This week, the 2021 grant recipients of the Healthy Food Financing Initiative (HFFI) were announced and included at least 25 cooperatives and cooperative development organizations.
HFFI is housed in the U.S. Department of Agriculture and administered by the Reinvestment Fund, a non-profit organization that provides financial and technical support to help eliminate barriers and create opportunities for economic growth. The Healthy Food Financing Initiative provides resources to improve healthy food access from distribution to retail.
USDA and the Reinvestment Fund announced awards to 134 recipients totaling $22.6 million. While the program was initially appropriated just $4 million for the 2021 cycle, the funding pool increased significantly as part of the Administration’s ongoing efforts to reduce barriers on the food supply chain.
USDA Under Secretary for Rural Development Xochitl Torres Small said these grants are part of a larger commitment to, “creating local and regional food systems that benefit all Americans, from farmers and ranchers to small businesses and families who currently have to travel a long way from home to find fresh, healthy food.”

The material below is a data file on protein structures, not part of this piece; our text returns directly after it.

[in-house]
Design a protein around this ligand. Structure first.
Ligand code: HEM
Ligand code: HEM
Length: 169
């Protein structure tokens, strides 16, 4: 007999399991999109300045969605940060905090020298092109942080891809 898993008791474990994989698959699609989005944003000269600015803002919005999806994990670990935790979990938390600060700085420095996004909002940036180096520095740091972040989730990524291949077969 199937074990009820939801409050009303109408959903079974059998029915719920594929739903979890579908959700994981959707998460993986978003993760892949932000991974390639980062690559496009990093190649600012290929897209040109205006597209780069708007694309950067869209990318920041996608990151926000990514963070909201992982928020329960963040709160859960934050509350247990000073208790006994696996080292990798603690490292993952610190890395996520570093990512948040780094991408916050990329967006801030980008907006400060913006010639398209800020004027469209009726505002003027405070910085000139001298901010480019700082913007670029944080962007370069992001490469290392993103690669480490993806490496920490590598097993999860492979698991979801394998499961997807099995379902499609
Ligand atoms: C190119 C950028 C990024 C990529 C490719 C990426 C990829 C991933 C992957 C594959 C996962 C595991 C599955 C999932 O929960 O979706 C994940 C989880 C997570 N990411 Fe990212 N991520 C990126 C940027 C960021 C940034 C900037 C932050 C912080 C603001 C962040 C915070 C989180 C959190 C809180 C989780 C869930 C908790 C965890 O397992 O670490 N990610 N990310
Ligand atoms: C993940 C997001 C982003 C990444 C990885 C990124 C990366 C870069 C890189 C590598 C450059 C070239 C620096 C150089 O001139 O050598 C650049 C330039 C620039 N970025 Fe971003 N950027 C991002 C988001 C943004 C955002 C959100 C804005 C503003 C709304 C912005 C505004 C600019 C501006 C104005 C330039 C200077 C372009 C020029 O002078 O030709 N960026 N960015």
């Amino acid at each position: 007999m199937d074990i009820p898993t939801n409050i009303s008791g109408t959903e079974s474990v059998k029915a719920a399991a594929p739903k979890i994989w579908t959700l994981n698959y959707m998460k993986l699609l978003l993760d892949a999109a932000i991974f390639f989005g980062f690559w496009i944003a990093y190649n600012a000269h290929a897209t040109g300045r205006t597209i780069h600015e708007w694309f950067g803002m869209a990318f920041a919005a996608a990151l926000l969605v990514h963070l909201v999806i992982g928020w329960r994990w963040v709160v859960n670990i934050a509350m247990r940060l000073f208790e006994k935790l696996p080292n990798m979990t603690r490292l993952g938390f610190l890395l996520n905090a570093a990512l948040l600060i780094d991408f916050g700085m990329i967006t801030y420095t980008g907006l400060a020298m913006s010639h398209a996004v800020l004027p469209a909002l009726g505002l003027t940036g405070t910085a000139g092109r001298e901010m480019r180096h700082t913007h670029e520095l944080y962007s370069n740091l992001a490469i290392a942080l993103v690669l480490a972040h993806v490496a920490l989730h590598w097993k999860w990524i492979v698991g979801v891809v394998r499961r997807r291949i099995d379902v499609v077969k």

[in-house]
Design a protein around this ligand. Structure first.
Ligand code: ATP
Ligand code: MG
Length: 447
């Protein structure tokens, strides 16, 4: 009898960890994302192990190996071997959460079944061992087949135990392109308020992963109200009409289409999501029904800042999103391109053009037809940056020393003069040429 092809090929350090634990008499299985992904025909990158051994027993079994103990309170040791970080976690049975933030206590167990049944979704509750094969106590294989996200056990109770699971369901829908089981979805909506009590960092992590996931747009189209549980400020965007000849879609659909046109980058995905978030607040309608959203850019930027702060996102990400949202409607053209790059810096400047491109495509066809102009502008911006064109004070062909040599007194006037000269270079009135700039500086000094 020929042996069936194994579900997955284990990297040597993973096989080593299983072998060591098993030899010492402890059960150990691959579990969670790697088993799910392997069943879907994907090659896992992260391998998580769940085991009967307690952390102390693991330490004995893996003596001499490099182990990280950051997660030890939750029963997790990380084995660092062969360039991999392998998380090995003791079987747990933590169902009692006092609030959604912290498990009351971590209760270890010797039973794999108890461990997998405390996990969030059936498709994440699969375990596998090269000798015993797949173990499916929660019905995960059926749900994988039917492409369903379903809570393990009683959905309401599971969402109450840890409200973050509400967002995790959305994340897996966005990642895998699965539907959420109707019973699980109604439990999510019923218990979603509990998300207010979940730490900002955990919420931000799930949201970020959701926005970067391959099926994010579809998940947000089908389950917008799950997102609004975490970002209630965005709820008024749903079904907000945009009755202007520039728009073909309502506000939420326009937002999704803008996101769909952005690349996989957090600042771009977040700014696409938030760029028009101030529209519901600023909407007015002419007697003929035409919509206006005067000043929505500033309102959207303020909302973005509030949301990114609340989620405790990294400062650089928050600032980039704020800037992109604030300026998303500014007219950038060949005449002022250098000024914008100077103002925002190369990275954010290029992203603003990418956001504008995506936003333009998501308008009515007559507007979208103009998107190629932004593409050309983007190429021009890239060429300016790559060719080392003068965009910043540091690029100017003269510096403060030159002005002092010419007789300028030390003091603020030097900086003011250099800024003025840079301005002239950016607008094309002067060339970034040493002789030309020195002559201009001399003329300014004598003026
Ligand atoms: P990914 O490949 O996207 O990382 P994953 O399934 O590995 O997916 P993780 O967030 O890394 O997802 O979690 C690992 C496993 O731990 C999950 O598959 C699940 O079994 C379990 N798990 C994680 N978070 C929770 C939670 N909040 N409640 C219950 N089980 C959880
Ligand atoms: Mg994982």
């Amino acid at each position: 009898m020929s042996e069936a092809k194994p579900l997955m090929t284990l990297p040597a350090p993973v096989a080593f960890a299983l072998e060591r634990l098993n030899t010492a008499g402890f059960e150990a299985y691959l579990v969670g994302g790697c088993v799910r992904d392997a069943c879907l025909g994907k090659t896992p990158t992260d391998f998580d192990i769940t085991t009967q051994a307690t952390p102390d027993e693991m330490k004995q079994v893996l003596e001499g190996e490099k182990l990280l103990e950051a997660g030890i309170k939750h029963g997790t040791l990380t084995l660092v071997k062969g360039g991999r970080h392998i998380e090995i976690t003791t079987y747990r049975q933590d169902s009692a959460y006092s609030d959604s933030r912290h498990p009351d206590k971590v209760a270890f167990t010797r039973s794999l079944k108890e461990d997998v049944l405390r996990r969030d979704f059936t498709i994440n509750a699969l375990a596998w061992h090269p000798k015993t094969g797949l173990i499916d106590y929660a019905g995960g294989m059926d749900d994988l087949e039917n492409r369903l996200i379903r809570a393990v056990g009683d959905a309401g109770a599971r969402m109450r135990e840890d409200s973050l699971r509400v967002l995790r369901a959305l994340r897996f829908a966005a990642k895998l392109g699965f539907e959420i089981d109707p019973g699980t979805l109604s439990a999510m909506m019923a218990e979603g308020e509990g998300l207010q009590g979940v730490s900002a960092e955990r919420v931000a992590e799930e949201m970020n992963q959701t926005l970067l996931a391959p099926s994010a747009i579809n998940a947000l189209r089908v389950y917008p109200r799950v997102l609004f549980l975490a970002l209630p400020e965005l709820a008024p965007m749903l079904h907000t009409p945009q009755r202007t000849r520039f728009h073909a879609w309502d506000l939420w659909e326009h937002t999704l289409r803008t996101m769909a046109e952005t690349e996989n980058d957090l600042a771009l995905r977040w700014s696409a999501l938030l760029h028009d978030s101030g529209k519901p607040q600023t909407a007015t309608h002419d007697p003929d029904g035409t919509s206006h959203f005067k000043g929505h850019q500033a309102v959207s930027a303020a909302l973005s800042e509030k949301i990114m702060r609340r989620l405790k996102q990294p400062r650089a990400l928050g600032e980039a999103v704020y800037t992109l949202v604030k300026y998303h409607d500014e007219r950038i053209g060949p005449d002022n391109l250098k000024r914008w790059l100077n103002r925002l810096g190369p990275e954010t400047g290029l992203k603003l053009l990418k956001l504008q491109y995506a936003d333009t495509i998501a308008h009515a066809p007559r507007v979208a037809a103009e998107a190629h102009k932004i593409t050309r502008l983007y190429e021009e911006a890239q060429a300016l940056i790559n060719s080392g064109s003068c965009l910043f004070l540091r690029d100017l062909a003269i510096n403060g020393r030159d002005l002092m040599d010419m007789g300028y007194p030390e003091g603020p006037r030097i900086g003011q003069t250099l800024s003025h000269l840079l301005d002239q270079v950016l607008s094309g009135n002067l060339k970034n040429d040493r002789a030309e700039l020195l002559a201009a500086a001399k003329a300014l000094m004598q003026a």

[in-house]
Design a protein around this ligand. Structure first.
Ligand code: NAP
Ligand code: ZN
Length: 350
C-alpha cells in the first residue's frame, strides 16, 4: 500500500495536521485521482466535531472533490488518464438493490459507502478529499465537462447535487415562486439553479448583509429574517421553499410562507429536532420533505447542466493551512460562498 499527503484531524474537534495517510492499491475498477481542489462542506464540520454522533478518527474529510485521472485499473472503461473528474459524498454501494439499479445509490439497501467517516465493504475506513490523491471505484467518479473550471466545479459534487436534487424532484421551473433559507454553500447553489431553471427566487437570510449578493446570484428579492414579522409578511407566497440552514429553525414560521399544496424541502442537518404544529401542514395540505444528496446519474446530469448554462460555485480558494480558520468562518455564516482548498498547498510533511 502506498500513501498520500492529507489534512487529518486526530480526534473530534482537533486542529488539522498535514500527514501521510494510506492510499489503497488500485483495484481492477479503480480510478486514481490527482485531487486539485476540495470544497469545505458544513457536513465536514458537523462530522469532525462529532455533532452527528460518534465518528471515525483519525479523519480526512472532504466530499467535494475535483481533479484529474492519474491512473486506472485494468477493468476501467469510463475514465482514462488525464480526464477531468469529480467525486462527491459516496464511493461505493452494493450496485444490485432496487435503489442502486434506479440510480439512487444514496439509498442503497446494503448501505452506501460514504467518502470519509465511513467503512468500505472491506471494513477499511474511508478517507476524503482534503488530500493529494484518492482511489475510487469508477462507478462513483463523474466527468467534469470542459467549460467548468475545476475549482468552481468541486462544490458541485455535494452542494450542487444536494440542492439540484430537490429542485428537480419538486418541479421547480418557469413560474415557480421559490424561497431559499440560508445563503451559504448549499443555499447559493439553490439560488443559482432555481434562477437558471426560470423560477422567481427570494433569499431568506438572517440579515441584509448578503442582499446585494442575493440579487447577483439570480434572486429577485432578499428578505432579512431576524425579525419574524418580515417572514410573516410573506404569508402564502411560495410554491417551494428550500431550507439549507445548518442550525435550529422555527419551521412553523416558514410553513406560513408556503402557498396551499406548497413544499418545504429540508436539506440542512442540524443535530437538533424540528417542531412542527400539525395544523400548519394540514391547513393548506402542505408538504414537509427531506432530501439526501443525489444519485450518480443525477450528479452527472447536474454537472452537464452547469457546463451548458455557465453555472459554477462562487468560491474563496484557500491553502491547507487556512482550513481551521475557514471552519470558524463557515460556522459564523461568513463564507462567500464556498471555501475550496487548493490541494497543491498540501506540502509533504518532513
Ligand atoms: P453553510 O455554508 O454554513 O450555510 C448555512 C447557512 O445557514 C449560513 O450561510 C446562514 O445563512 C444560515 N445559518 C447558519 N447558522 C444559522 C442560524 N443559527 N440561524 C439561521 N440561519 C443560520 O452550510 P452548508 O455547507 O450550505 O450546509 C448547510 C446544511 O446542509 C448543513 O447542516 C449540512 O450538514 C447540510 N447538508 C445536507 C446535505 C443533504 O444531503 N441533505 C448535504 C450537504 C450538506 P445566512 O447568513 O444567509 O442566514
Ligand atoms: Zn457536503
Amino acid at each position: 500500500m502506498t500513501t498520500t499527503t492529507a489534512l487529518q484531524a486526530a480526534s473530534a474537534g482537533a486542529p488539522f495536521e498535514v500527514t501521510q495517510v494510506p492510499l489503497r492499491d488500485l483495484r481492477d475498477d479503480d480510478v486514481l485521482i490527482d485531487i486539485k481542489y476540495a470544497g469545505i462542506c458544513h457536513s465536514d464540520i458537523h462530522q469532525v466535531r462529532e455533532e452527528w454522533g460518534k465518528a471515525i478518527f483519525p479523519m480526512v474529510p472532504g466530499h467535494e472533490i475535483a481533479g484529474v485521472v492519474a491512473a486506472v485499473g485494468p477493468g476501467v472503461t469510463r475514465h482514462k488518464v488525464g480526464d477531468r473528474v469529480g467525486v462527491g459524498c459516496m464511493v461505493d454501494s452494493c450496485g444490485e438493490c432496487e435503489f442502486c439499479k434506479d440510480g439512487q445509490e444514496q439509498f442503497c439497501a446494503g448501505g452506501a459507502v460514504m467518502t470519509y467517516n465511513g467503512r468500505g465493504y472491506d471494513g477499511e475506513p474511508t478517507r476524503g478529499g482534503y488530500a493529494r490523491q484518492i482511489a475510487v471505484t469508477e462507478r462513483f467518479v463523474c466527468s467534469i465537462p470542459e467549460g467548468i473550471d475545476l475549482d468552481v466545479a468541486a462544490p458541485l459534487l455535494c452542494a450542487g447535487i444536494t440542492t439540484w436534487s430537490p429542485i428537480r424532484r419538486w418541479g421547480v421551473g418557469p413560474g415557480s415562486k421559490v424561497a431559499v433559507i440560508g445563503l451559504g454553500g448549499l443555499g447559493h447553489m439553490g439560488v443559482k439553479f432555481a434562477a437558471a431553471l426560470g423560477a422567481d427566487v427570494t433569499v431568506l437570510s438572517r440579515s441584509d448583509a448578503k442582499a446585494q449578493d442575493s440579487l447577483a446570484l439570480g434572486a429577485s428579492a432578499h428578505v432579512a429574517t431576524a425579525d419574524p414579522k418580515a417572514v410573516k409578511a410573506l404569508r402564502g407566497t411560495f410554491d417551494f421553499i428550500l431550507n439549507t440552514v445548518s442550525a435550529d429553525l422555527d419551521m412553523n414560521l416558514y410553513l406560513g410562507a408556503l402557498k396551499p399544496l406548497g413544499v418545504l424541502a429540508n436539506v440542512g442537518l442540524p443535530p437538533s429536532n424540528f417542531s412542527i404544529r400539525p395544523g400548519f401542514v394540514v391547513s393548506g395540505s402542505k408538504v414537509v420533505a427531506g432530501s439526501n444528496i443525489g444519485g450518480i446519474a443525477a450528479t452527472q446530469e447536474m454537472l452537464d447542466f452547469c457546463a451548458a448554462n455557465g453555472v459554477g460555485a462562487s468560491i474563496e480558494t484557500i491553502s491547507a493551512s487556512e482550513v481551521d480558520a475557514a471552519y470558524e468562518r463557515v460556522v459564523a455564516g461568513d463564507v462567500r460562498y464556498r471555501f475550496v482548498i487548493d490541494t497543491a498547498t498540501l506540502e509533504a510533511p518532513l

According to the Reinvestment Fund, the 2021 HFFI grantees are located in 46 states, Puerto Rico and Washington, D.C. 45 percent of the grantees serve rural communities and 81 percent are owned or led by people of color, women, and/or native people. Cooperatives are a large percentage of the 69 percent of grant recipients that operate in the food retail sector, while other cooperatives and cooperative development organizations likewise will benefit from the program and in turn benefit their communities.
Cooperatives, Community Development Financial Institutions (CDFIs) and cooperative development organizations have been key to the HFFI’s success since its creation over ten years ago. Over the decade, HFFI has accounted for well over $1 billion in grants, creating or saving over 3,000 jobs, and making hundreds of projects possible to improve food quality, access and affordability.